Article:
Why Tabarri of Aisha?!

Why Tabarri of Aisha?!


Here on the anniversary of ‘Aayesha’s (Aisha’s) death on the 17th of Ramadan we wish to narrate a few incidents -among many- of her malice and ill will toward the AhlulBayt (PBUT) as recorded in Sunni sources.


The Sunni trusted Ahmad ibn Hanbal, the head of the Hanbali Sunni sect, in his Mosnad (Musnad), vol. 4, p. 275, h. 18444, printed in Egypt, narrated:


… One day AbuBakr heard ‘Aayeshah (Aisha) shouting and saying twice or thrice:

“By Allah, indeed I know you (the Prophet) love Ali [PBUT] more than me and my father …”


In the Majma’ al Zawaa’ed, vol. 9, p. 202 the same Hadith is narrated with the following difference:


… shouting and saying twice or thrice: “By Allah, indeed I know you (the Prophet) love Ali and Fatemah [PBUT] more than me and my father …”


A few other Sunni documents narrating this hadith are:


Sharh Moshkel al Aathaar, vol. 13, p. 334, printed in Lebanon 1987; Mo’jam al Sahaabah, vol. 3, p. 144, Salaah ibn Saalem al Mesraati, printed in Medina; … 


And let us not forget verse 2 of Surah Hojaraat (49) of the Majestic Qur’an which reads:


O’ ye who have believed! Lift not up your voices above the voice of the Prophet, nor shout when speaking to him as ye shout one to another, lest your works be rendered vain, and ye perceive not.


And here is what the Amir al Mo’menin, Hadrat Ali (PBUH), has said regarding ‘Aayeshah, as reported in the Nahj-al-Balaaghah, Sermon 156, which is also recorded in the Kanz of the Sunni al-Muttaqi, VIII, 215:


“… As regards a certain woman [‘Aayeshah] {1}, she is in the grip of womanly views, and malice is boiling in her bosom like the furnace of the blacksmith. If she were called upon to deal with others as she is dealing with me she would not have done it …”


Footnote by the translator of the Nahj al Balaagheh {Ahlul Bayt Digital Islamic Library Project}:


There is no denying the fact that `A'ishah's behaviour towards Amir al-mu'minin was throughout inimical, and very often her heart's turbidity expressed itself on her face, and her hatred and dislike became quite apparent, so much so that if in connection with some affair Amir al-mu'minin's name came up a frown appeared on her forehead and she did not relish pronouncing it with her tongue. For example, when `Ubaydullah ibn `Abdillah ibn `Utbah mentioned to `Abdullah ibn `Abbas the narration by `A'ishah namely that "in his death-illness the Prophet, taking support on al-Fadl ibn `Abbas and another person, came to her (`A'ishah's) house," `Abdullah ibn `Abbas said:


"Do you know who this 'other man' was?" He said, "No." Then he said, ' "`Ali ibn Abi Talib, but she is averse to name him in a good context." ([Sunni documents:] Ahmad ibn Hanbal, al-Musnad, vol. 6, pp. 34, 228; Ibn Sa`d, at-Tabaqat al-Kabir, vol. 2, part 2, p. 29; at-Tabari, at-Tarikh, vol. 1, pp. 1800-1801; al-Baladhuri, Ansab al-ashraf, vol. 1, pp. 544-545; al-Bayhaqi, as-Sunan al-kubra, vol. 3, p. 396).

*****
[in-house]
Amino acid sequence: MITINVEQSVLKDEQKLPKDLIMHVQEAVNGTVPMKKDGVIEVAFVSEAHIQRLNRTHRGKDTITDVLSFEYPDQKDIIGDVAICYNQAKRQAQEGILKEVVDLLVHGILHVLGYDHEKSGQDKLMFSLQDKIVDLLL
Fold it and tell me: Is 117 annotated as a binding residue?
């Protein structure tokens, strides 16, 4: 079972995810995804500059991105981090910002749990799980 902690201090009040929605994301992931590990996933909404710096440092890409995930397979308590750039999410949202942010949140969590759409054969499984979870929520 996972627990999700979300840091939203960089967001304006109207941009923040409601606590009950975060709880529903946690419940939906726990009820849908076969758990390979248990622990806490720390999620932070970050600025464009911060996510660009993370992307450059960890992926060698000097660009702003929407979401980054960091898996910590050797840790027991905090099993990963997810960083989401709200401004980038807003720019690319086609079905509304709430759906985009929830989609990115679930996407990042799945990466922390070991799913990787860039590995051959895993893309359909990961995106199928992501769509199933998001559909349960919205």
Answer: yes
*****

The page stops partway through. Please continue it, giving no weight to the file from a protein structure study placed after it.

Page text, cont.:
One cause for this hatred and malice was the presence of Hadrat Fatimah (p.b.u.h.) whose wholesome dignity and esteem pricked her heart like a thorn. Her jealousy towards the other wives (of the Prophet) did not allow her to let the Prophet love the daughter of his other wife to such a degree that he should stand on her approach, seat her in his own place, declare her most honourable of all the women of the world and bear such love towards her children as to call them his own sons.


All these things pained her much and naturally her feelings on such an occasion were that if she had borne children they would have been the Prophet's sons and they would have been the pivot of the Prophet's affection instead of Imam Hasan and Imam Husayn. But she was not gifted with any issue and she gratified her own desire to be a mother by adopting the surname Umm `Abdillah (mother of the slave of Allah) after her sister's son. In short all these things created the passion of hatred in her heart, as a result of which she off and on complained to the Prophet against Hadrat Fatimah but could not succeed in diverting the Prophet's attention from her.


News about this mortification and estrangement also reached the ears of Abu Bakr. That would only perturb him as he too could do nothing, except that his verbal sympathies were with his daughter. At last the Prophet left this world and the reins of Government fell into his hands. Now was the opportunity for him to avenge as best as he could and to perpetrate whatever violence he had in mind. Consequently the first step he took was that, in order to deprive Hadrat Fatimah of inheritance, he denied the principle of inheritance in the case of the prophets and held that neither do the prophets inherit nor are they inherited from, but the property left by them escheats to the state [see the Fadak Sermon of the Lady in this site: kindfather.com]. Fatimah was so much affected that she gave up speaking to him and passed away from this world with these very feelings. `A'ishah did not even take the trouble to express any sorrow at her tragic death. Thus [the Sunni] Ibn Abi'l-Hadid has written:


"When Fatimah expired, all the wives of the Prophet came to Bani Hashim in condolence except `A'ishah. She did not come and showed herself sick and words from her reached `Ali which displayed her joy." (Sharh Nahj al-balaghah, vol. 9, p. 198).